Latest Guest Blog Posts
In the quest to track Comet Siding Spring, the Mars Express team tells us how computing the orbit of a comet isn't as straightforward as science fiction would have us believe.
For a town dependent on Stars, there are far too few people here who look up at the sky. But come this Sunday, March 9, the epic series of science, space and humanity will return: Cosmos: A Spacetime Odyssey. Why does it matter for Hollywood, specifically? I'll tell you why it will. And then why it should.
Posted by A.J.S. Rayl on 2014/03/05 01:32 CST
The Mars Exploration Rover mission put its 10th anniversary in the rear view mirror in February and roved on into its 11th year of surface operations at Endeavour Crater.
Posted by ESA Mars Express Team on 2014/03/04 11:19 CST
Here's the next installment in the continuing story of how the Mars Express team is preparing for Comet Siding Spring flyby, 19 October 2014. This week: introducing the spacecraft's subsystems and structure – and wondering how we can absorb impacts.
Would you like to be part of one of the largest citizen-science efforts in the history of astronomy? The International Occultation Timing Association (IOTA) invites you to join in the campaign to observe and time the best and brightest asteroid occultation ever predicted to occur over a populated area – and no telescope is required!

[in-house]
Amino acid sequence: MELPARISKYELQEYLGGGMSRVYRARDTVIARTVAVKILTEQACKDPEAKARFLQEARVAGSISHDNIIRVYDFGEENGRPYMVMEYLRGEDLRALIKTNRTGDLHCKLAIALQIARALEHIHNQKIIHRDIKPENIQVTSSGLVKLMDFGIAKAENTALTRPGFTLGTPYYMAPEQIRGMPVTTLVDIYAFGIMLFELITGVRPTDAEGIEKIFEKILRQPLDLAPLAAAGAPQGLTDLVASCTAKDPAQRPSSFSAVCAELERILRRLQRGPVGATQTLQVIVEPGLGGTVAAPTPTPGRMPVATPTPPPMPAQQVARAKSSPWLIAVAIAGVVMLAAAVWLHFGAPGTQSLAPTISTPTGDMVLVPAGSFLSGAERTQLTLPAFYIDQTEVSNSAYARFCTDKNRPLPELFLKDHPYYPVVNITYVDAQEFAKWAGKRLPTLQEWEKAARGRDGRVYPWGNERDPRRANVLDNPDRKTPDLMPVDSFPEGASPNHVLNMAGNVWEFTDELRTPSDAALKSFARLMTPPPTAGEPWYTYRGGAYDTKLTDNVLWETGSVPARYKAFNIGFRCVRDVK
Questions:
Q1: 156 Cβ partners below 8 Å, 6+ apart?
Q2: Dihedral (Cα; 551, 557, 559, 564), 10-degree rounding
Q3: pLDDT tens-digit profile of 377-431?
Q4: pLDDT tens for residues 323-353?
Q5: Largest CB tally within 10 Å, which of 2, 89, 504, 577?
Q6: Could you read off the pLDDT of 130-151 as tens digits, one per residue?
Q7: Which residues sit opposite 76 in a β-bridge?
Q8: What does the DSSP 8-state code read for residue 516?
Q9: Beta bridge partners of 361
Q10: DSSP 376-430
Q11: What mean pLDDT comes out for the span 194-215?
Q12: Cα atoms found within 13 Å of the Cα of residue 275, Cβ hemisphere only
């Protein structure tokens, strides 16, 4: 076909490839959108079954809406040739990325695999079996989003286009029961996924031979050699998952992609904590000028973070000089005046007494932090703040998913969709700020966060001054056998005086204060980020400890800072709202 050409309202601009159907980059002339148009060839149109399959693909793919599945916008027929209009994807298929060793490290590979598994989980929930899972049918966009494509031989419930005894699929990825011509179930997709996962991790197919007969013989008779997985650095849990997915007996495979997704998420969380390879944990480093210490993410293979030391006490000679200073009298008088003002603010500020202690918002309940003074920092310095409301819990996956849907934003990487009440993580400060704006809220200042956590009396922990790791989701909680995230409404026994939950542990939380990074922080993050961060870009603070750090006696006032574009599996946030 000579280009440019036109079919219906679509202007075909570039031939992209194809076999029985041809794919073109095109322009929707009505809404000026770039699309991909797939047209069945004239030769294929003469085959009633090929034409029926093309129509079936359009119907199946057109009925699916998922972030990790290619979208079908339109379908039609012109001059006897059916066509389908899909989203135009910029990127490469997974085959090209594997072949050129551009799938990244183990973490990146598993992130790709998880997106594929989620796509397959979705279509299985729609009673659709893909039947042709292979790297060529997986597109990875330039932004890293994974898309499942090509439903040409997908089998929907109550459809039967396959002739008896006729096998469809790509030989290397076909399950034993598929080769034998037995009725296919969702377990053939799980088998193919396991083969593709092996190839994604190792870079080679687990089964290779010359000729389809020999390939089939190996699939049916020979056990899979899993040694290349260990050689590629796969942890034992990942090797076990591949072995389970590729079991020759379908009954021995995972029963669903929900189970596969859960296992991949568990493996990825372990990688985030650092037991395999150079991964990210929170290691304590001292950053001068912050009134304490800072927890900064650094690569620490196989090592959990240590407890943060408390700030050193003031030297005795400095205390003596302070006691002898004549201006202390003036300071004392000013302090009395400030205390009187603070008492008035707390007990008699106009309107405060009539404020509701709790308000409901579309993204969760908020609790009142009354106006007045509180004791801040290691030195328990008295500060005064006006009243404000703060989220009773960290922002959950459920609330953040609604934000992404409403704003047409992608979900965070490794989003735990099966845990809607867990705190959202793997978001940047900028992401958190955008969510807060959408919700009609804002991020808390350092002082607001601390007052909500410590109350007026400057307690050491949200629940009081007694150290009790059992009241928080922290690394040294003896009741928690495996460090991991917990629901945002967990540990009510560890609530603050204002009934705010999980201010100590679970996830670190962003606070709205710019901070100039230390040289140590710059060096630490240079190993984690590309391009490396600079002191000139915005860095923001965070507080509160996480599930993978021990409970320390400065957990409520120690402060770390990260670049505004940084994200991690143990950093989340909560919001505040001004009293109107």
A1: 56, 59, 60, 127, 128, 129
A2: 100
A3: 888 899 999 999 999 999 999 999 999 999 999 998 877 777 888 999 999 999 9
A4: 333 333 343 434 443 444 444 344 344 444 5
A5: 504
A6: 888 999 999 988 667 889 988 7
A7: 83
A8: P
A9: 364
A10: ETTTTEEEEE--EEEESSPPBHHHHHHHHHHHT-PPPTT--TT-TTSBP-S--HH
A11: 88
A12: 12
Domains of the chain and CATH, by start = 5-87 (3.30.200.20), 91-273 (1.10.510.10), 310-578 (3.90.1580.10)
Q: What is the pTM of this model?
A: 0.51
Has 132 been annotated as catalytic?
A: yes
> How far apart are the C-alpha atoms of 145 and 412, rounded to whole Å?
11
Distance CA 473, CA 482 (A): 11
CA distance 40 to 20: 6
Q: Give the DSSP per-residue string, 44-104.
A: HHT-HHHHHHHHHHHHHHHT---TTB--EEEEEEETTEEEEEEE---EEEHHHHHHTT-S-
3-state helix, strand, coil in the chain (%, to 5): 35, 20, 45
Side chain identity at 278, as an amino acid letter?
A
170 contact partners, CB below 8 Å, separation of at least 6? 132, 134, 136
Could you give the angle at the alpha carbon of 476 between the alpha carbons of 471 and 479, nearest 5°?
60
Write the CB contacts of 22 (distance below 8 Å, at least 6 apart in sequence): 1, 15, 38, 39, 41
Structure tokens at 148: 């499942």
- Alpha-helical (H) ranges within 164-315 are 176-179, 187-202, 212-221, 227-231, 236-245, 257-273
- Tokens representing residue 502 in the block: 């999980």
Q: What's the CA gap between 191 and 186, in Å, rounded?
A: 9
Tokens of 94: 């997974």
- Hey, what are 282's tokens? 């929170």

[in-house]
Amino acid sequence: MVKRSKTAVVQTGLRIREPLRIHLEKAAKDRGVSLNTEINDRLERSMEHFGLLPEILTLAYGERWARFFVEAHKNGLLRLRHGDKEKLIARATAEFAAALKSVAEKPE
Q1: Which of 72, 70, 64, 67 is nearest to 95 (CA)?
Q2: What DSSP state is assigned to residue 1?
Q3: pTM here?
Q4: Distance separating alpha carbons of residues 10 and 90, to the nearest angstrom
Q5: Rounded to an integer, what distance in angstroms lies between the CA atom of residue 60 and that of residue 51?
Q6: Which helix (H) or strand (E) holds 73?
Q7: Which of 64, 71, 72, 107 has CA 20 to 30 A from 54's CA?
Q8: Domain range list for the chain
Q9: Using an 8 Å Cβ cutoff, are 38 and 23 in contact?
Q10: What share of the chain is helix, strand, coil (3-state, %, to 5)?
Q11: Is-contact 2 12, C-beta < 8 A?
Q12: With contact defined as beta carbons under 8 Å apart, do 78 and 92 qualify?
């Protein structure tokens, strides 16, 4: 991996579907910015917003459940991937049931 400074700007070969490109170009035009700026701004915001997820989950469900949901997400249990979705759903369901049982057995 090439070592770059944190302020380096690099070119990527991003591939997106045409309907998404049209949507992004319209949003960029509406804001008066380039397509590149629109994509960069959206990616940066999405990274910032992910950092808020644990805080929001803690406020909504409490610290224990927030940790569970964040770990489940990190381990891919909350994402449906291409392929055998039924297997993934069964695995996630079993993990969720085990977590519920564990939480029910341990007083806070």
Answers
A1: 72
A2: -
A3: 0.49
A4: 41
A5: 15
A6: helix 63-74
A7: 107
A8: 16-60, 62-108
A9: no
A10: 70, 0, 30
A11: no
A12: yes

Continuing its daring mission to explore some of the last uncharted worlds in the inner solar system, Dawn remains on course and on schedule for its rendezvous with dwarf planet Ceres next year.
Posted by ESA Mars Express Team on 2014/02/28 12:25 CST
Today's post continues where we started last week with an update from the Mars Express Flight Control Team at ESOC on their preparations for the 19 October Comet Siding Springs flyby. Today: defining the challenge!
Former deputy project scientist and current science team member J. Marshall Shepherd tells us why missions like NASA's Global Precipitation Measurement (GPM) are vital to our way of life.
On Sunday, 19 October 2014, at around 18:30 UTC, comet C/2013 A1 – known widely as 'Siding Spring' after the Australian observatory where it was discovered in January 2013 – will make a close fly-by of Mars.